Usually, to accept a booking you will need to take names and basic contact information. This is enough to mean you need to have a privacy policy and adhere to data protection processes. You can find out more about how to do this from the ICO (Information Commissioner’s Office) and in my article: Data Privacy, GDPR And Data Protection Must Knows.

You must provide a link to your privacy policy during the booking process so that customers are informed as to how you will collate and process their data. For assistance in drafting a privacy policy to meet the needs of your business, please get in touch.

If you are getting this information from a third party, such as a ticketing website or social media platform then they will have permission to share this information with you. However, if you are going to store or in any way use this information then you will still need your own documentation in place and they must be made visible and available to the general public.

Consumer Rights


To stay compliant with consumer rights, businesses must provide customers with a 14-day cooling-off period. This means anyone booking your workshop or course, whether online or in-person has the right to cancel and be refunded so long as they do so within 14 days unless, of course, the workshop is set to take place before then. You may use your terms and conditions to state by which date an attendee needs to cancel to receive a full refund.


Legal Guide For Providing Workshops To Businesses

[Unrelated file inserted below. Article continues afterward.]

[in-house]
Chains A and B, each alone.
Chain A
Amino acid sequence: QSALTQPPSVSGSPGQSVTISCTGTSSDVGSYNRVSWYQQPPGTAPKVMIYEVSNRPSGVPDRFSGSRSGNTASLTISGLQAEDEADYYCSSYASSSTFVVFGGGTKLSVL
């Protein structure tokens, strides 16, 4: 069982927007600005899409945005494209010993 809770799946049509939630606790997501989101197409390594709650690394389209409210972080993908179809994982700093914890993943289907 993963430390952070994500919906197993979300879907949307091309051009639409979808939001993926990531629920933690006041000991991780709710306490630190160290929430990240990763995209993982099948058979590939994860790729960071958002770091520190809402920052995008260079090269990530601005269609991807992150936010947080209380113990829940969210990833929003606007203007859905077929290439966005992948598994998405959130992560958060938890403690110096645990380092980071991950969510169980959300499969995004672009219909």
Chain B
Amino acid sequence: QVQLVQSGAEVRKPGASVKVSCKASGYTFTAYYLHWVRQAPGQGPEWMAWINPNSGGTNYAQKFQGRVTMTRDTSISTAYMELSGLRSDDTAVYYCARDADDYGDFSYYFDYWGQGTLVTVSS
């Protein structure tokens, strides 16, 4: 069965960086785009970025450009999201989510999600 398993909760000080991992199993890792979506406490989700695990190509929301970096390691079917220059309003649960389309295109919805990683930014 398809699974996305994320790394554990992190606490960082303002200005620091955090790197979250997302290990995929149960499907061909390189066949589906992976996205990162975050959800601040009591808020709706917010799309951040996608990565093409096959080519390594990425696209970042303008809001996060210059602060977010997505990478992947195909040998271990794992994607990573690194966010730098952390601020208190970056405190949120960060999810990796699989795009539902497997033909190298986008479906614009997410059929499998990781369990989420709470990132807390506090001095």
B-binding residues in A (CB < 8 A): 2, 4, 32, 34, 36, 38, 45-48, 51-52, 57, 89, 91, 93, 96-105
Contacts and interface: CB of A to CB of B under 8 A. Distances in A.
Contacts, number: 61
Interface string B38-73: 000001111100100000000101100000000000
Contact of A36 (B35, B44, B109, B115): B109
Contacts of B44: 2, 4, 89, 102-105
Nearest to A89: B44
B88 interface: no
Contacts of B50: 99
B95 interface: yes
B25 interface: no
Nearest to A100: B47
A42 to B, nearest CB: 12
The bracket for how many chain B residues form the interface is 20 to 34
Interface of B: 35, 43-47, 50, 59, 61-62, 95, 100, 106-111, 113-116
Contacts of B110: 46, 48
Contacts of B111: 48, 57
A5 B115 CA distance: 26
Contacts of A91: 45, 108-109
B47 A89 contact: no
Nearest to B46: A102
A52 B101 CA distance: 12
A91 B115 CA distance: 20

When providing workshops to businesses, you will need a services agreement. This may be provided by the company instructing you or you may provide this yourself. It is recommended that you read through and consider carefully any contract provided to you, however, it is general practice to provide your own agreement, especially if this is a service you plan to provide more than once or to multiple clients.


If you don’t already have a suitable agreement in place then you may wish to use my template - Business Workshop/Course Service Agreement Template.

A few things to define, from a legal point of view, when delivering workshops as a contractor or consultant include:

  • Intellectual Property - Who owns the course content and proprietary materials

  • Payment Terms - What is the fee and when will payment need to be made

  • Confidentiality/Non-disclosure - In cases where confidential information is obtained either to conduct your workshop or through running your workshop, you may need to commit to non-disclosure

  • Cancellation and Rescheduling Terms - Notice needed to cancel as well as associated fees for doing so

You may also need to secure professional liability insurance and run a risk assessment, depending on where the workshop/course is taking place. If you are collecting, storing and/or processing personal information on attendees then you will also need to ensure you’re compliant with data protection.

Running Workshops Online Or Outside Of The UK


For those delivering workshops online, you may be attracting attendees globally. Whilst much of UK and EU business and data protection laws are similar, you may find that compliance with US regulations requires a little more knowledge.


Never fear - it’s not all that difficult and to prove this to you I’ve created a Selling To The US Checklist that you can work through to ensure you have a solid understanding of what legal requirements you need to meet to work with consumers in the USA.